New York, UN, 1981 Jan 26. 41 p. (ESA/P/WP.72)The attempt is made to present on a systematic basis a brief summary of governments' current perceptions and policies in relation to population growth, fertility, international migration, and spatial distribution. The assessment, which covers 35 Member States and Non-Member States of the United Nations considered to be developed, is of September 1980. The information included in this document is based on the replies to the 3rd and 4th Population Inquiry Among Governments, material contained in the Population Policy Data Bank of the Population Division, and national development plans and publications of various organizations. The 35 countries assesed are the following: Albania; Australia; Austria; Belgium; Bulgaria; Byelorussian Soviet Socialist Republic; Canada; Czechoslovakia; Denmark; Finland; France; German Democratic Republic; Federal Republic of Germany; Greece; Hungary; Iceland; Ireland; Italy; Japan; Luxembourg; Malta; Netherlands; New Zealand; Norway; Poland; Portugal; Romania; Spain; Sweden; Switzerland; Ukrainian Soviet Socialist Republic; Union of Soviet Socialist Republics; United Kingdom; United States of America; and Yugoslavia.
[Population policy in the Third World eight years after Bucharest: hopes and realities] Les politiques de population dans le Tiers Monde huit ans apres Bucarest: espoirs et realites.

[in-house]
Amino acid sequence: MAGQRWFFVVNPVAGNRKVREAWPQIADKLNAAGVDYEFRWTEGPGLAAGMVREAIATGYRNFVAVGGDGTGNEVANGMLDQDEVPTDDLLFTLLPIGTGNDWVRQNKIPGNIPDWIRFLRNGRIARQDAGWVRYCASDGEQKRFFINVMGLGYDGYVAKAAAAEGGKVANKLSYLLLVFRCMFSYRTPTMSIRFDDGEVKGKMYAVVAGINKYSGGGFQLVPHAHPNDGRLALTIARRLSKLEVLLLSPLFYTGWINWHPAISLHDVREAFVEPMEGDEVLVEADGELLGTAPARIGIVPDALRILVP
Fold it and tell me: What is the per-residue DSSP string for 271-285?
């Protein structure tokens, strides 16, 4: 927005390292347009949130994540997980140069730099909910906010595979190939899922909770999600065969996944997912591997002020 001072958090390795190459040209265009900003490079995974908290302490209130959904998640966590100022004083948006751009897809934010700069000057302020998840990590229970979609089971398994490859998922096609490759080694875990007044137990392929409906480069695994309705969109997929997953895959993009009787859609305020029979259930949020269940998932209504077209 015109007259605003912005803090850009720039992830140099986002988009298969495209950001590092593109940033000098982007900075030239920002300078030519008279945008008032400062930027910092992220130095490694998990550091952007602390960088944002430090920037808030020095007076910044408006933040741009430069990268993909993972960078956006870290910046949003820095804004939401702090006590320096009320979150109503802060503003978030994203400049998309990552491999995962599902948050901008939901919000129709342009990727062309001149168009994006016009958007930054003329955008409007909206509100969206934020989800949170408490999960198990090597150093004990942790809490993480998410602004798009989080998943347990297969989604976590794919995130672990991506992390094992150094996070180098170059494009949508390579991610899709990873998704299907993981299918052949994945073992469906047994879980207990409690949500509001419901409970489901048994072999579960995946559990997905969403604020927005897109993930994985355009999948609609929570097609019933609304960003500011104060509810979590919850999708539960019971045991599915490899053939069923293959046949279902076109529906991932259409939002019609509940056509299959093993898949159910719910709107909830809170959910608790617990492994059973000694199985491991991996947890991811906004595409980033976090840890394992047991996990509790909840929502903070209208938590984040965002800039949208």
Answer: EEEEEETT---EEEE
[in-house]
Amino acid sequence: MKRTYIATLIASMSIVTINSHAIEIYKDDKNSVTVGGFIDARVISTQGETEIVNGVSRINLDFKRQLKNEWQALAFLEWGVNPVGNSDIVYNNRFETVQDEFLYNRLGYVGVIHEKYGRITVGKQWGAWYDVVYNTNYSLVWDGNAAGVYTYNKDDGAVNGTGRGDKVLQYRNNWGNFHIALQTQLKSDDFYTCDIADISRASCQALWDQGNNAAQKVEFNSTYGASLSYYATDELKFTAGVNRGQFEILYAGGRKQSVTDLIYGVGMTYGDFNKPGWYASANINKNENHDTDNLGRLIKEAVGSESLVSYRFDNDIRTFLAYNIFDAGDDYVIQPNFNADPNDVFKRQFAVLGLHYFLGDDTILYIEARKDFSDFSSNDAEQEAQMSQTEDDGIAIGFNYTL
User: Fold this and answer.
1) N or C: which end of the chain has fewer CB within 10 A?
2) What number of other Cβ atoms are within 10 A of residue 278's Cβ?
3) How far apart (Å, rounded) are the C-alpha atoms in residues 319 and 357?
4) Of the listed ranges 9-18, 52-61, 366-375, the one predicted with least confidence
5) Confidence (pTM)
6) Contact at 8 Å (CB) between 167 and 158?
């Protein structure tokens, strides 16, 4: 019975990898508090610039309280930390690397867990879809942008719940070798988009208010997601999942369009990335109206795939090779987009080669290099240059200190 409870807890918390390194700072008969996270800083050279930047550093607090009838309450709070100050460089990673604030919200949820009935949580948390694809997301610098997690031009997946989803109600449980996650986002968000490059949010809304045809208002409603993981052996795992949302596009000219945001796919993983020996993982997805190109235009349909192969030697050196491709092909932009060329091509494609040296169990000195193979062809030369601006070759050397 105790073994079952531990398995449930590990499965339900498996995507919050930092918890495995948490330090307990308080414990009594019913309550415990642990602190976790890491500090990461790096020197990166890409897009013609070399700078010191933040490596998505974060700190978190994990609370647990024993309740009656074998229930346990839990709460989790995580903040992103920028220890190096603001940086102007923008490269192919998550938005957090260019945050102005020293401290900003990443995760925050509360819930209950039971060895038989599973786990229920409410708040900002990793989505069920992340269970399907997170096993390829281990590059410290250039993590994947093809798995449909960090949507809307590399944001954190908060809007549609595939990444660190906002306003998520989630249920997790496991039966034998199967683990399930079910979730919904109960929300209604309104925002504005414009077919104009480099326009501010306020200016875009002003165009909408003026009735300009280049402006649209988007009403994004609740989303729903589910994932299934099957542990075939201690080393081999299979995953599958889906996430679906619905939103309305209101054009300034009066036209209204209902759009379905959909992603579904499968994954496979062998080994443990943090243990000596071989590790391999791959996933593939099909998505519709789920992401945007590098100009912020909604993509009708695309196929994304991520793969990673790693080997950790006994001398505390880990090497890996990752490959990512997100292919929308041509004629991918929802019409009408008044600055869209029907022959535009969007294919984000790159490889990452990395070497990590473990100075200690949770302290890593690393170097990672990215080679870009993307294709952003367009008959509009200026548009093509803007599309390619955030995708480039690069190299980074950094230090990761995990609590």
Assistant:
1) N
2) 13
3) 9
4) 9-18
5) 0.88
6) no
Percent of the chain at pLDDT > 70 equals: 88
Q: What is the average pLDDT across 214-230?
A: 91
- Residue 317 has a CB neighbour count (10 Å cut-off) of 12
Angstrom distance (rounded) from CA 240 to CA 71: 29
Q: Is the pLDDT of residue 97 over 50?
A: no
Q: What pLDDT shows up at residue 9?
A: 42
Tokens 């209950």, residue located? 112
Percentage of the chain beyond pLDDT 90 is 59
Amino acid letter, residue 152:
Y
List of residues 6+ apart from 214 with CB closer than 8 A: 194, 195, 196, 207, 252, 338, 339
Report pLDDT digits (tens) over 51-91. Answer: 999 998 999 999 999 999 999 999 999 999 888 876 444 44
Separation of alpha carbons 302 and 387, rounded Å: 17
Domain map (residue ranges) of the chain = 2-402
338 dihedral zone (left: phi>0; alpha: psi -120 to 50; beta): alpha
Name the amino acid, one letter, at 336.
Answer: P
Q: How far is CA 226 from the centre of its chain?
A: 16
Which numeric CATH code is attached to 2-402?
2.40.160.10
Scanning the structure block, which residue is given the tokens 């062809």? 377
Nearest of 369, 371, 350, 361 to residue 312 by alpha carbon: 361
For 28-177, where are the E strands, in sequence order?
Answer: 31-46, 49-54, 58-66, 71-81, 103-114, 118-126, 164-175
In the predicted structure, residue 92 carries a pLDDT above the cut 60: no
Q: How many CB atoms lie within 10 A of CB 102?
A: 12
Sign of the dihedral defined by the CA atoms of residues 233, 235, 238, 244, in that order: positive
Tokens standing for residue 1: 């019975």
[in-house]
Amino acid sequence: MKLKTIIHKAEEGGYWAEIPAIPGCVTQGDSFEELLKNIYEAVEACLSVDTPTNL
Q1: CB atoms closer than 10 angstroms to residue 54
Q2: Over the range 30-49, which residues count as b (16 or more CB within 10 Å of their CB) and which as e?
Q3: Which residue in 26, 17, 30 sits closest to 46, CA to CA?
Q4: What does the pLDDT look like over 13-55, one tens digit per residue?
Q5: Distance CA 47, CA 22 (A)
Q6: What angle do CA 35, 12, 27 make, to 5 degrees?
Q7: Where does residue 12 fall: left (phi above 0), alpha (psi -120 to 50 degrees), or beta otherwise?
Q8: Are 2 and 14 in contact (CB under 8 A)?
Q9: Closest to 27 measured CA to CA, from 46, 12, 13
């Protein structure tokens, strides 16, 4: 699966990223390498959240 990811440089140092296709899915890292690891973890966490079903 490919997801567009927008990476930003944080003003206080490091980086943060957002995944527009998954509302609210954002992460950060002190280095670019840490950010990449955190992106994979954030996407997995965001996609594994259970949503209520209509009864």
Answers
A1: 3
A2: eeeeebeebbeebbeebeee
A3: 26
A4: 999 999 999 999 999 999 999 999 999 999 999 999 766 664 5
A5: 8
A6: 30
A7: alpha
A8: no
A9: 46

Revue Tiers Monde. 1983 Apr-Jun; 24(94):277-304.2 events of the past 2 decades have been of vital importance in the history of the human race: the slowing of the very high rates of population growth and the massive interventionism of governments in the demographic domain. This article describes the current status of population policies in the Third World, contrasting them to the goals and objectives expressed in the Plan of Action of the World Population Conference in Bucharest. 5 major sections consider the perceptions and policies of governments regarding population growth; morbidity and mortality; fertility, spatial redistribution and internal migration; and international migration. It is concluded that the objectives of the Plan of Action were sometimes attained, sometimes surpassed, and sometimes merely forgotten. National population policies have tended to be both general and diverse, not focusing solely on antinatalist interventions. The concept of integration of demographic policy into development policy has furnished a theoretical and practical basis of compromise between those who see development as the best means of limiting fertility and those who view fertility control as a prerequisite for development. Integration in the actual implementation of policies has been less frequently achieved. Programs to control fertility have had characteristics out of keeping with the spirit or letter of the Plan of Action, such as recourse to coercion on family size and careful restrictions on geographic mobility. Among some of the poorest countries, the urgency of controlling demographic growth in order to facilitate economic development has eclipsed to some extent respect for individual rights. A new world demographic order is evolving, with the reduction in fertility rates accelerated by population policies covering most of the developing world. But the momentum of growth resulting from the very high rates of fertility in the past few decades means that world population will continue to increase for years into the future. When world population stabilizes at about 10 billion, the population of the currently industrialized nations will account for only about 13%, compared to the 25% of today.